Tuesday, December 5, 2017

Leaving the Coffee Shop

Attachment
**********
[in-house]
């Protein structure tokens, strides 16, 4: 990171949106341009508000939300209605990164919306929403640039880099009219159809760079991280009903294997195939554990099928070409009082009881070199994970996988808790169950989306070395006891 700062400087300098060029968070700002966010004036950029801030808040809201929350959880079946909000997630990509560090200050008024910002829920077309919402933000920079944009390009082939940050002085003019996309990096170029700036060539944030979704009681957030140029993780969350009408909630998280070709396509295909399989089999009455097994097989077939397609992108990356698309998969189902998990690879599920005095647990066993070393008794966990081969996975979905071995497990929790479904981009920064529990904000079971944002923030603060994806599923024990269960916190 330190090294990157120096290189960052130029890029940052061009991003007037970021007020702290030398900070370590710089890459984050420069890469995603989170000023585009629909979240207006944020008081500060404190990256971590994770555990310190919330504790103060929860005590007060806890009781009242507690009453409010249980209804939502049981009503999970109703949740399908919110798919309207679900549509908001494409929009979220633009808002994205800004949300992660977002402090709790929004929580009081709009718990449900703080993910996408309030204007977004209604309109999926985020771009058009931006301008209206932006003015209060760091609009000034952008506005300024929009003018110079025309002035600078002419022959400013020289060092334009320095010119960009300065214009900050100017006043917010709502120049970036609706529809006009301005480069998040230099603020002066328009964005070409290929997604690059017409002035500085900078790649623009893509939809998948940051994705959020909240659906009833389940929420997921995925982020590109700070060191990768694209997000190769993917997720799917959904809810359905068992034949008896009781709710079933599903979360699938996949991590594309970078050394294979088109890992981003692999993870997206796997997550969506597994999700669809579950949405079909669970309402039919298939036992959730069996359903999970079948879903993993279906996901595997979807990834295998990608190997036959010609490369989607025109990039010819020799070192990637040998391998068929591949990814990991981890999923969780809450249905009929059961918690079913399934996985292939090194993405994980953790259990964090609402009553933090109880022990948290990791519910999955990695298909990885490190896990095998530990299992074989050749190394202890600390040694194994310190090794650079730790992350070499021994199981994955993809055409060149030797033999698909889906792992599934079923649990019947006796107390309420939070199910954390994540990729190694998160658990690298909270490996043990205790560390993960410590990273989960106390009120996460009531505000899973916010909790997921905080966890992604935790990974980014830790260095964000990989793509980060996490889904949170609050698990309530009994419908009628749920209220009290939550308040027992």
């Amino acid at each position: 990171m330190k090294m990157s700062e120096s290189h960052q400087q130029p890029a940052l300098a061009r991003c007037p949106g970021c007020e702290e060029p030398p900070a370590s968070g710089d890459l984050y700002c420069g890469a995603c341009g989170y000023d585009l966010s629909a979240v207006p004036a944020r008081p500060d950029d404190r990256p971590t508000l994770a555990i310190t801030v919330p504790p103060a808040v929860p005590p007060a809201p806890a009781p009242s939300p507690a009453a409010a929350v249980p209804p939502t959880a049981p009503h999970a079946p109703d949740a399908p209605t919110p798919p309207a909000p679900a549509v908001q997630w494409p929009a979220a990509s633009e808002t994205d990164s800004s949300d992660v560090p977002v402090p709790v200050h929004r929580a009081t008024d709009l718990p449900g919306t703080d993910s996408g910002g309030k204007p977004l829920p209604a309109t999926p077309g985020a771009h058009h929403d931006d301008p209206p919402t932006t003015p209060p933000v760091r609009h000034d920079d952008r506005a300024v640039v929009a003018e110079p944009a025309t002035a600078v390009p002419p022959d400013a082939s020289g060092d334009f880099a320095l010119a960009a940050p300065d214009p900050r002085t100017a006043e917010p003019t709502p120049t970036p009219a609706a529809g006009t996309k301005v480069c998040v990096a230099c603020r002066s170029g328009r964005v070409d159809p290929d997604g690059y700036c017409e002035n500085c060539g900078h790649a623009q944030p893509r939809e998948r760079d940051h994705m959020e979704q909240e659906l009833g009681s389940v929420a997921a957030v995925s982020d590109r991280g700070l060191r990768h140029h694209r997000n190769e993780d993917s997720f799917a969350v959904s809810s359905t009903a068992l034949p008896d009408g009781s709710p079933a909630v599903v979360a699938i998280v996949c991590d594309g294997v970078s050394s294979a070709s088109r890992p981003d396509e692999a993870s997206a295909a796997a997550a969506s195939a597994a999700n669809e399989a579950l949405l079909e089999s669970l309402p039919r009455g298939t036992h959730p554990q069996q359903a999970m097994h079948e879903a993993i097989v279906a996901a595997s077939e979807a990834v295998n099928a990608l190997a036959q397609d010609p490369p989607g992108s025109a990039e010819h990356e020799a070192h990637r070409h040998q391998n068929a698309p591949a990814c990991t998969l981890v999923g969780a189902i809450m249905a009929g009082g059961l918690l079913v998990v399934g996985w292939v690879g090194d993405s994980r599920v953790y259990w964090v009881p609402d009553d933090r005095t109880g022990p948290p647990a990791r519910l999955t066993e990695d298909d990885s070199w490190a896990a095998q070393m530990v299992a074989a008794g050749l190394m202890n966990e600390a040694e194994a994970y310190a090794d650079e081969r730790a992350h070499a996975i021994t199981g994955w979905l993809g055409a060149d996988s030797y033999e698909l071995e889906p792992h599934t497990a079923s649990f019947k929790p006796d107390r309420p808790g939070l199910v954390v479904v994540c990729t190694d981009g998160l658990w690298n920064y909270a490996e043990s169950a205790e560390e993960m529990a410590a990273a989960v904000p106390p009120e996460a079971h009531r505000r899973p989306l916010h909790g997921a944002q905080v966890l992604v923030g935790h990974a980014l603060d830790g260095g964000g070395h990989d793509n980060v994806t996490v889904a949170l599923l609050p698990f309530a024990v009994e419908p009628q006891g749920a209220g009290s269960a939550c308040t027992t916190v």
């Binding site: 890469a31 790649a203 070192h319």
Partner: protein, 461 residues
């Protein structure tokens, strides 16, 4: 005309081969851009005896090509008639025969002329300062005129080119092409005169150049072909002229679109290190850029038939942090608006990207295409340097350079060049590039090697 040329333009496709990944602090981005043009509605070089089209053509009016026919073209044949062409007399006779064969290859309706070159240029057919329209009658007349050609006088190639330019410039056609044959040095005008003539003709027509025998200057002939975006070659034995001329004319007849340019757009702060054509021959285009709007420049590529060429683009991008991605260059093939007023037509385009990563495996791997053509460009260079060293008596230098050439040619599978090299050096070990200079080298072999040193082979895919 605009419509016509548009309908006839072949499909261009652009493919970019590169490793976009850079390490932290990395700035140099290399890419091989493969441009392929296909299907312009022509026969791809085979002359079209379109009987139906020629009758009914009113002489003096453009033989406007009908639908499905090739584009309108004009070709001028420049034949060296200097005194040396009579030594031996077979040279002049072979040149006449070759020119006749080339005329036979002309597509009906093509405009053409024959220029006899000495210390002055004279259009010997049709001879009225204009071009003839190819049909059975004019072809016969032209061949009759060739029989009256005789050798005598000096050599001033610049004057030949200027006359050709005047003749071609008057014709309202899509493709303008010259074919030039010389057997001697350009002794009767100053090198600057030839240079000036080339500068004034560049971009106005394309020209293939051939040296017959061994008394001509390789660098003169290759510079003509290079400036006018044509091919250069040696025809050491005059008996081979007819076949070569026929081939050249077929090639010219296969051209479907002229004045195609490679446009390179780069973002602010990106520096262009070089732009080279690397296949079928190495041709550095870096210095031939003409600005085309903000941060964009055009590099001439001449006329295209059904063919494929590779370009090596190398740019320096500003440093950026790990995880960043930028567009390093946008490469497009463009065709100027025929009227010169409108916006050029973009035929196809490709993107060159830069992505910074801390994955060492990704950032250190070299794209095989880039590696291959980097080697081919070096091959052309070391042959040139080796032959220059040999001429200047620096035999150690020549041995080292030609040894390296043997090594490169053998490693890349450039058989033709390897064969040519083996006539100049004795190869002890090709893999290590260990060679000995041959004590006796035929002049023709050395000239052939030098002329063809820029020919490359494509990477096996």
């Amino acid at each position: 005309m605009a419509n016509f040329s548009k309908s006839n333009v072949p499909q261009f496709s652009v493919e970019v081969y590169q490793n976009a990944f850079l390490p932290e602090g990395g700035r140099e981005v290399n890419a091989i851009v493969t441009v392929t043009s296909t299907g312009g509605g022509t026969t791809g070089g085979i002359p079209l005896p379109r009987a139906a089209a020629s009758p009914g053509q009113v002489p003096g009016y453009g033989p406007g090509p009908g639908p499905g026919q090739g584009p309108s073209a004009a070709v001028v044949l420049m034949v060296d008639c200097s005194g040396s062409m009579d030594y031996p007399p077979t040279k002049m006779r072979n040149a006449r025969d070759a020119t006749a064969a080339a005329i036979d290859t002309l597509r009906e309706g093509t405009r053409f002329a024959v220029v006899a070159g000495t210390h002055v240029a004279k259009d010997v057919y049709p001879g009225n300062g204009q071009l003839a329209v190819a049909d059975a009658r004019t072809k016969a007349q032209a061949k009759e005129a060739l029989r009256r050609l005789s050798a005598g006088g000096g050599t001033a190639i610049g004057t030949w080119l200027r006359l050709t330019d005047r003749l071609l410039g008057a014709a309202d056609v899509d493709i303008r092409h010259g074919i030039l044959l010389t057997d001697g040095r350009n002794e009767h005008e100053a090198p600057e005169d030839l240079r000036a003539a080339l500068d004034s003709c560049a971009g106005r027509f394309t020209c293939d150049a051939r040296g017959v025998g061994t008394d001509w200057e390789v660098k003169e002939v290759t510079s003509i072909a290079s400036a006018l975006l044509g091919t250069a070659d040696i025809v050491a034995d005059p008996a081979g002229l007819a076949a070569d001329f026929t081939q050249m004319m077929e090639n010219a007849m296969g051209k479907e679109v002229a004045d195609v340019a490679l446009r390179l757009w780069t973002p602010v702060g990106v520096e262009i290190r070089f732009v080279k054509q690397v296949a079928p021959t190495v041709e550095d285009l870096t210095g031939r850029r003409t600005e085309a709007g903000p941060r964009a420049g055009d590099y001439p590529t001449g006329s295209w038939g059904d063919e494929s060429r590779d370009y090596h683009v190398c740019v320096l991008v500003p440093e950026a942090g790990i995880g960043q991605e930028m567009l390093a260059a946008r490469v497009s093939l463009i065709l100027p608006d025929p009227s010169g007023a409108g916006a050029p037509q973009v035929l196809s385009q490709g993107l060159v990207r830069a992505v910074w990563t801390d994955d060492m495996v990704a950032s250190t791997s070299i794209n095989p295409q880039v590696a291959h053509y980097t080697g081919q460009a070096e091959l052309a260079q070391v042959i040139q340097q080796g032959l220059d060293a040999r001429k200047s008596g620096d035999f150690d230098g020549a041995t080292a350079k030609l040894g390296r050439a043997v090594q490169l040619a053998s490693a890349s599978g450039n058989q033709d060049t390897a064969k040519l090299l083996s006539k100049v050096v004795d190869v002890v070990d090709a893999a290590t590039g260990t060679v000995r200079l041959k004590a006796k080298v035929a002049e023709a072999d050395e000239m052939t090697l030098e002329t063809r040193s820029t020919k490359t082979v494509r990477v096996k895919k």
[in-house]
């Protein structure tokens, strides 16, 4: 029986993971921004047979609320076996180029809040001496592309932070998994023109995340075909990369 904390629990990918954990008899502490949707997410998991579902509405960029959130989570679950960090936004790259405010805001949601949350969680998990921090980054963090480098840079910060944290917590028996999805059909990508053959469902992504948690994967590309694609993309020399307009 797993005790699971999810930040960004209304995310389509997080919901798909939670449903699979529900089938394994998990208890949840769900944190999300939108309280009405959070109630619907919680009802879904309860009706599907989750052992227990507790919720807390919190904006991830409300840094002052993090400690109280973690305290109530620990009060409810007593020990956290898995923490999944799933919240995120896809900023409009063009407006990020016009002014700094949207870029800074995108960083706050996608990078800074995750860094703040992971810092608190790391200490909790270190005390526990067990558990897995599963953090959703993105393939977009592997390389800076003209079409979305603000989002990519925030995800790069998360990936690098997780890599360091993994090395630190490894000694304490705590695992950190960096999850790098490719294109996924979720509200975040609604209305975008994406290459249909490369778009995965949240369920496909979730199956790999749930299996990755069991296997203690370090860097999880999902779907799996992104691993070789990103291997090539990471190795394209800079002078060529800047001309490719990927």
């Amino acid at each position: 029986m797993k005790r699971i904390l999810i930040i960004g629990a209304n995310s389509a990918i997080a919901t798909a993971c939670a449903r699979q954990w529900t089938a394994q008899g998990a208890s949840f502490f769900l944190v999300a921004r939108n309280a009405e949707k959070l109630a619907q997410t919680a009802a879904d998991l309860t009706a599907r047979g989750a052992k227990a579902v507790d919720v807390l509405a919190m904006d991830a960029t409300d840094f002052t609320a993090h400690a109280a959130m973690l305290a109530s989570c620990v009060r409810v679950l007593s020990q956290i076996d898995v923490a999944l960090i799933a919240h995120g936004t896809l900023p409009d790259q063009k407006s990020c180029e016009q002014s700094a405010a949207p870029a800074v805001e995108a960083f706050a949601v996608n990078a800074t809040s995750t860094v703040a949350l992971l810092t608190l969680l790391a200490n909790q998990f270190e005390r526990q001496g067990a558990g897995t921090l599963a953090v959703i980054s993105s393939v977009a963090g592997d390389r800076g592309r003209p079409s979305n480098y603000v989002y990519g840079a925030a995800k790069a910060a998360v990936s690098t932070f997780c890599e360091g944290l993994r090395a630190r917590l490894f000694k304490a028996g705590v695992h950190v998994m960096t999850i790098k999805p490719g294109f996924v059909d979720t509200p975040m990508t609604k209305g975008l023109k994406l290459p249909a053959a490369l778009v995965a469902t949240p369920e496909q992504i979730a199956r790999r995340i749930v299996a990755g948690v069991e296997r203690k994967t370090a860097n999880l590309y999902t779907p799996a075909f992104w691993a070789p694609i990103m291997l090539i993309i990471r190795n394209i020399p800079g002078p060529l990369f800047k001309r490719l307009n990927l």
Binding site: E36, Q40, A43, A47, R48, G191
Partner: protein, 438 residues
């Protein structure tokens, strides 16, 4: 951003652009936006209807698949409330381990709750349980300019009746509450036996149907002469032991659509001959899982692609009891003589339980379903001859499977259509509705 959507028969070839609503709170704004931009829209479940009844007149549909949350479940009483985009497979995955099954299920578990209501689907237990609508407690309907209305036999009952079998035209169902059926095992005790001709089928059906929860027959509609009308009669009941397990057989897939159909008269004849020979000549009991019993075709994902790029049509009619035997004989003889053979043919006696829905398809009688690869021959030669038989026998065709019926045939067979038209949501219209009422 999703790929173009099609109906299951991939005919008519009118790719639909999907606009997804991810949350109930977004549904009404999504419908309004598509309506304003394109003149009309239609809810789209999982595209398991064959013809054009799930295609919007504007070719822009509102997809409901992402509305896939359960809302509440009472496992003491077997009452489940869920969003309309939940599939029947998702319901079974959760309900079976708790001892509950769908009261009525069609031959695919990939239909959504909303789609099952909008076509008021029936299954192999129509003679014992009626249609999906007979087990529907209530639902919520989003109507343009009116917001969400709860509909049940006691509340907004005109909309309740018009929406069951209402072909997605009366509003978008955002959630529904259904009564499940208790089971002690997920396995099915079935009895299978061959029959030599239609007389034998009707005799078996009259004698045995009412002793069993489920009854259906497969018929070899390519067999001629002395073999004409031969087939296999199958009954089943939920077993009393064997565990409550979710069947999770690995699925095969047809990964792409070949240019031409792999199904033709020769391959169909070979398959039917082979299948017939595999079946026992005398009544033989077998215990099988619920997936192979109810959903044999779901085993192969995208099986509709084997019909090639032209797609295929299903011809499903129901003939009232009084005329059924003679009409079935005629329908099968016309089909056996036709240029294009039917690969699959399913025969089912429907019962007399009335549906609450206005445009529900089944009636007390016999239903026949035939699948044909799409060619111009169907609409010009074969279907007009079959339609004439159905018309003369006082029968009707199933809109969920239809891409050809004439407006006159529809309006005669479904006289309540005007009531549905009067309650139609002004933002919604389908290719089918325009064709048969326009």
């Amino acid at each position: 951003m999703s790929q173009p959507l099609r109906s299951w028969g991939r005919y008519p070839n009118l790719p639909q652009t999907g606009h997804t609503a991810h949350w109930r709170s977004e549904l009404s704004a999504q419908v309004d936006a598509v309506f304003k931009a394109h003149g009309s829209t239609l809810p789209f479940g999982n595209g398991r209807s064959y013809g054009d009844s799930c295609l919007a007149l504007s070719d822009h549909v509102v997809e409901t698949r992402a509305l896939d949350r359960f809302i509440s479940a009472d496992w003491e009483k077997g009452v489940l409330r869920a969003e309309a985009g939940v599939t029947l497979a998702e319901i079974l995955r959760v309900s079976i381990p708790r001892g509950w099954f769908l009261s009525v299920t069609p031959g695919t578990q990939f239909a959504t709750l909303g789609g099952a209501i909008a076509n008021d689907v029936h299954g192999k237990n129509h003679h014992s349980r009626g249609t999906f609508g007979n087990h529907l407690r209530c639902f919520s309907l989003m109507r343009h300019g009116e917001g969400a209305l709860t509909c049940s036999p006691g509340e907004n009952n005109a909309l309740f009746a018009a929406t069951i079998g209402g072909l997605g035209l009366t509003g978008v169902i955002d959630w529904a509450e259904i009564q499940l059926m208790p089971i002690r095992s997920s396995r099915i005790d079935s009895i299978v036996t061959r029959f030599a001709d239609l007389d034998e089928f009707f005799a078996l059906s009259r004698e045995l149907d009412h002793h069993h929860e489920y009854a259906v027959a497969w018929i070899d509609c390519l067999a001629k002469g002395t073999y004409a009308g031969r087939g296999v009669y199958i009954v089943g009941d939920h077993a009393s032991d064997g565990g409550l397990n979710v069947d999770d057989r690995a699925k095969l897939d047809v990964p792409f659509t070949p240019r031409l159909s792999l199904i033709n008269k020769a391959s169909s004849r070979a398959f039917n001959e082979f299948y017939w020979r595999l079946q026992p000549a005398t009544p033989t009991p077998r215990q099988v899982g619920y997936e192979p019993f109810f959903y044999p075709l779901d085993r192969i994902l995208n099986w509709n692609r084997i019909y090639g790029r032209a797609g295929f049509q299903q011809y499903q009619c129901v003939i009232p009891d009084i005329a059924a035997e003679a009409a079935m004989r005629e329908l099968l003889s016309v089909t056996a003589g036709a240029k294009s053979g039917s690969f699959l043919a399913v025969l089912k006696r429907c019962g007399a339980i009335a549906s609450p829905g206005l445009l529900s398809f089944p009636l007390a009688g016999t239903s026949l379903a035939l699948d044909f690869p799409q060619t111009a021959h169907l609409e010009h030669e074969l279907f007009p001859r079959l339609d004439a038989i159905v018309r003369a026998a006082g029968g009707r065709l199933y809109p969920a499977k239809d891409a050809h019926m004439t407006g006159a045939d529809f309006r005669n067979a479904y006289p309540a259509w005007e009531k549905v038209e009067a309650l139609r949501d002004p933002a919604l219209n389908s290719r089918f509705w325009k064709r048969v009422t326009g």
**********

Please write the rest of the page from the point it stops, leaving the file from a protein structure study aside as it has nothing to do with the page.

With finals coming up soon, I have been needing a lot of caffeine to get me through long nights of homework. Recently, I took a trip to Starbucks to indulge in a holiday drink. I had not been to this particular Starbucks before so I was unfamiliar with the layout. Once I had my tasty drink in my hand, I put out my other hand to push open the door but unfortunately, I pushed on the wrong side of the door (the side with the hinges). Because of this, it was very difficult for me to open the door, which resulted in my embarrassment. After I made it back to my car, I thought about the physics behind my embarrassing moment. I remembered that torque increases with distance from the axis of rotation, which was why it was so difficult for me to open the door while pushing on the side with the hinges. Doing some quick calculations, I estimated the torque I used to open the door using T=Frsinθ. Since I was pushing straight on the door, my angle was 90º so the sine component in the torque equation was equal to 1. The door was about 1 meter wide and my distance from the axis of rotation was about 1/10 m, which would be r. Thus my torque was equal to 0.1F (where F is the force I exerted). If I had pushed on the correct side of the door, my distance from the axis of rotation would have been approximately 1 m so my torque would have been equal to 1F. This means the torque when I pushed on the wrong side of the door was much less than if I had pushed on the right side of the door. This is why I was able to open the door, but it took longer than it would have if I pushed on the right side.

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